GSOC'18 contribution plan
heshamelmatary at gmail.com
Wed Mar 14 15:59:28 UTC 2018
Rump kernels have the advantage of running "unmodified" NetBSD device
drivers and benchmarks (e.g. Redis, iPerf, etc) on top of the
underlying OS. AFAIK, it's well-designed to port on other OSes and the
requirements/syscalls for it are well documented/defined.
That said, I'm not sure how this would overlap with the existing
RTEMS' libbsd project when it comes to the goals; others might
On Thu, Mar 15, 2018 at 1:00 AM, Gedare Bloom <gedare at rtems.org> wrote:
> On Tue, Mar 13, 2018 at 10:07 AM, Joel Sherrill <joel at rtems.org> wrote:
>> On Tue, Mar 13, 2018 at 8:46 AM, Vidushi Vashishth <reachvidu at gmail.com>
>>> I am Vidushi Vashishth from Netaji Subhas Institute of Technology, Delhi
>>> and I intend to participate in the selection procedure for GSOC'18. I have
>>> already submitted the Hello world patch. The past couple of days I have been
>>> going through the open projects and I am interested in the ones below:
>> Awesome! Make sure you are on the list here.
>>> 1) Run time tracing
>>> For this project I have been reading about the Common Trace Format
>>> Integration, Trace Buffering, RTEMS trace linker's working which utilises
>>> INI configuration files. I have been following the ticket #3028. I am
>>> currently working on the tasks present on the ticket's description. It would
>>> be helpful if the community could point out to any other relevant issues
>>> which I could work on to get a better idea about this project. I would get
>>> back when I find one myself. As suggested on the mailing list, I would also
>>> like to investigate the TCF project to see if a combination of both of these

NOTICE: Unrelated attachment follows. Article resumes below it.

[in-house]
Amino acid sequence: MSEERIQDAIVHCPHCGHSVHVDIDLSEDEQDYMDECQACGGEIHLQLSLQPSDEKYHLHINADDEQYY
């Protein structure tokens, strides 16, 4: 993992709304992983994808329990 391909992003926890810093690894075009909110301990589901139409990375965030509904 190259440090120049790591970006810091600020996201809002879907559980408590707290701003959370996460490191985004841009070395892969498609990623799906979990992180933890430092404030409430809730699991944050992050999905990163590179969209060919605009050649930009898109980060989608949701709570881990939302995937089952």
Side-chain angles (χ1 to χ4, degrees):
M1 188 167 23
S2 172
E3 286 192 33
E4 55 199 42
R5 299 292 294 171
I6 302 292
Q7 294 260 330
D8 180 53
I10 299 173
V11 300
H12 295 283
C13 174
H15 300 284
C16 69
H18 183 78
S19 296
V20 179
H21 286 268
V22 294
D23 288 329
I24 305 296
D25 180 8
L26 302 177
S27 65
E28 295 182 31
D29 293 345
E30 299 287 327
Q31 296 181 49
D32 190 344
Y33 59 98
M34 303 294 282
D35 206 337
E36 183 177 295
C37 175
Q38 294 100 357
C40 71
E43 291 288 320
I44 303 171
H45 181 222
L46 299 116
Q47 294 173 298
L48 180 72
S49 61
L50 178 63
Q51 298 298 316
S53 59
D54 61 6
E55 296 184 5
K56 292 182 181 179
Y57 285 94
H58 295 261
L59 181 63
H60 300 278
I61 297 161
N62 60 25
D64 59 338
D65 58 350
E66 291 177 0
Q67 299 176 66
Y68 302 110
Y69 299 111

>>> can be undertaken in one summer. Let me know if this is too optimistic.
>> As I mentioned on another thread this morning, CTF and TCF are IMO very
>> important things
>> for RTEMS to support. Sebastian was commenting how the tracing would help
>> If I had to assign a priority to the two, I guess I would put CTF first
>> because it fills a gap.
>> TCF is also important but we do have debugging now but TCF might offer some
>> capability we don't have.
>>> 2) Rump Kernels
>>> The project's description was a little open ended but garnered my
>>> interest. It would require a little more research from my end to come up
>>> with ideas myself. I would do that if time permits.
>> Given the current status of libbsd, I am not sure what the goal of it would
>> be. I think
>> originally it was proposed as an alternative way to get many BSD
>> capabilities onto
>> Can someone comment?
> Rump kernels may still have utility for adopting portable subsystems
> from NetBSD code base without a major import hassle. It also could be
> complementary to libbsd perhaps. Hesham did some initial research in
> this direction before being distracted by other pursuits, so he might
> have some more insight. He wrote a blog post about it before...
>>> I intend to write my proposal in a week's time.
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